However, if I were to try serving sweet potatoes, I’d want them to be drier with a more savory taste fitting of the Autumn season. I gave the tip last year to introduce grilling and roasting to your sides. Thus I decided to try roasting the potatoes with some carrots, garlic, and onion. It was wonderful, and I’d so do it over candied ones any day.
Roasted Sweet Potatoes and Carrots with Rosemary
- 1 1/2 - 2 lbs of sweet potatoes, peeled and cubed
- 1 bag (16 oz) of baby carrots
- 2-3 yellow onions, cut into chunks
- 4 cloves of garlic, minced
- 2 tbsp of rosemary
- 1/4 cup of olive oil
- Salt and pepper to taste
- Preheat oven to 425°.
- In a large bowl, combine the potatoes, carrots, and onions with the garlic, rosemary, salt, and pepper.
- Pour the oil on top and gently mix the ingredients with your hands until the vegetables are coated with oil and seasonings.
- In a baking dish, lay out the ingredients.
- Place the dish in the oven for 30-40 minutes, or until you see the mixture browning.
My choice to use baby carrots was based on how nice the small-shaped carrots look in this dish. If you would rather use regular carrots, feel free.
This dish is pretty open to different translations. Feel free to add or remove ingredients. Some also like to top this dish with grated Parmesan cheese.
No more canned soup!
Zuzana has always been a big fan of the traditional green bean casserole, but of course would prefer a homemade healthier option. On an interesting note, I actually had a colleague trying a gluten-free diet, and wondered if I could pull off a gluten-free version of this tradition. Challenge accepted.
From looking around on other websites and borrowing ideas, I crafted several recipes together into my own version of the green bean casserole, complete with gluten-free onion topping. The recipe here is more “normal”, but I did put in how I made it both gluten-free and dairy-free.
I will note though that making the onions was a pain, and would suggest just breaking down and buying the canned ones for this one occasion if you're not worried about gluten.
Homemade Green Bean Casserole
For the onion topping
- 1 medium onion, sliced thinly
- 6 tbsp of flour
- Oil for frying
For the casserole
- 4 tbsp of olive oil plus oil for greasing a baking dish
- 1 shallot, peeled and minced
- 1 clove of garlic, minced
- 8 oz of bella mushrooms, sliced
- 3 tbsp of butter
- 1/2 cup of flour
- 1 cup of chicken or vegetable stock
- 1 cup of milk
- 1/4 tsp of thyme
- 2 lbs of fresh green beans, cleaned with the ends trimmed, and cut in half
- Salt and pepper to taste
Preparing the onion topping
- Place the sliced onions into a bowl with the flour.
- Mix the flour and onions with your hands.
- Pull the onions out, shaking off excess flour, and set aside for 5-10 minutes.
- In a small saucepan, fill it with about 1-inch of oil.
- Heat up the oil on medium-high.
- Working in batches, fry the coated onions in the oil until golden or slightly tan.
- Remove the onions with a slotted spoon and drain on paper towels. Set aside for later.
Making the casserole
- Preheat your oven to 350º. Lightly grease a baking dish with a little oil.
- In a stock pot, heat up 4 tbsp of olive oil on medium.
- Add in the shallot and garlic, cooking until soft and fragrant.
- Place the mushrooms in, cooking until they soften.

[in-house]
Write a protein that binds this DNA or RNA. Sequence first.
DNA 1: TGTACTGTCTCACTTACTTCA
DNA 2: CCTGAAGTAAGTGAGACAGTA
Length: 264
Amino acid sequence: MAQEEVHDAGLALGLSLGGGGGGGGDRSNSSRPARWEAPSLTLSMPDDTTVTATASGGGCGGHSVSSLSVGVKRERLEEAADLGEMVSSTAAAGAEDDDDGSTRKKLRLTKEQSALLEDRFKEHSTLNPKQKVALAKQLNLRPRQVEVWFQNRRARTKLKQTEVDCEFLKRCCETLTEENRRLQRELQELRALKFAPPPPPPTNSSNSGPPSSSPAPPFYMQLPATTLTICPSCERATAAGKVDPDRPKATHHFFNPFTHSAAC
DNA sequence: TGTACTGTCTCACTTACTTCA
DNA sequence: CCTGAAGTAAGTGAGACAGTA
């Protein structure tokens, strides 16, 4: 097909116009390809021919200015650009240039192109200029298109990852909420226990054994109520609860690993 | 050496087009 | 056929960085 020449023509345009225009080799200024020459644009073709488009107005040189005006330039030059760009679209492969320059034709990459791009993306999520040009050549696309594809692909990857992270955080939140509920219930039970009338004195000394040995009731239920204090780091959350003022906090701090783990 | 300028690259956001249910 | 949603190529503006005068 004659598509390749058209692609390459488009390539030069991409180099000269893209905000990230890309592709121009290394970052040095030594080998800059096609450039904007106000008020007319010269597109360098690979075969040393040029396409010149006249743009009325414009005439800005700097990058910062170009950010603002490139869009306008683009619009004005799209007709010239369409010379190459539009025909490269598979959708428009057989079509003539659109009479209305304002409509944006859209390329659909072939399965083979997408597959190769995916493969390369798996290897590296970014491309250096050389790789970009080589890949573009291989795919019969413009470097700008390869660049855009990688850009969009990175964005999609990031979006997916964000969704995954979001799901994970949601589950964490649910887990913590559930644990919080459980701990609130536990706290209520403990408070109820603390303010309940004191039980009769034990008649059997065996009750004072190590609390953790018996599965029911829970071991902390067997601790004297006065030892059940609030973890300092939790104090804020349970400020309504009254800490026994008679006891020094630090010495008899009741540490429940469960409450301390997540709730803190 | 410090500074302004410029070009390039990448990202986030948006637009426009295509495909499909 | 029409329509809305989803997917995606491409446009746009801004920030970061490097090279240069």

- Set the mushroom/onion/garlic mixture aside.
- In the stock pot you just used, melt the butter.
- When the butter is a liquid, add in the flour and stir continuously to make a light roux.
- Slowly pour in the stock, stirring continuously, then again with the milk.
- Season with salt, pepper and thyme, then bring the liquid to a near boil.
- Lower your heat and simmer until the liquid thickens into a near gravy.
- Add back in the mushroom/onion/garlic mixture and stir.
- Place the green beans into the mushroom sauce, gently stirring to coat the beans.
- Transfer your casserole to the baking dish. Spread it into an even layer.
- Cover the top of the casserole with the fried onions.
- Place the whole dish in the oven and bake for roughly 30 minutes.
I'll be brutally honest. It was a pain in the butt to make those fried onions. Unless you're looking to go gluten-free, I'd suggest taking the easy route and buying a can of French fried onions. However, if you're a purist, then go for making your own.
Be sure to stir gently when handling the mushrooms and green beans. You don't want to break them up into bits under the heat.
Watch your heat when dealing with the butter. Your goal is a light tan roux, so lower your heat if it seems things are moving too fast.
If it seems like your sauce is a paste, don't worry. The beans will let some water go, thus bringing back the gravy consistency. I once added in more stock, worried about the consistency, but ended up with a watery casserole.
Gluten-Free and Dairy-Free: I recently was challenged to make this recipe for a guest who is on a diet free of gluten, dairy, and soy. What I did was to use 6 tbsp of olive oil and no butter, as well as a gluten-free flour. For the milk I actually used unsweetened almond milk. Worked wonderfully. For those who want gluten-free but do not want to fry up onions, consider maybe some fresh sliced onions mixed with gluten-free breadcrumbs. The whole topping will toast in the oven nicely.
If you wish to go vegan, then use 6 tbsp of olive oil and no butter. Also use a vegetable stock.
We want to wish you all a wonderful Thanksgiving and hope your feast marvels the eyes as much as the taste buds.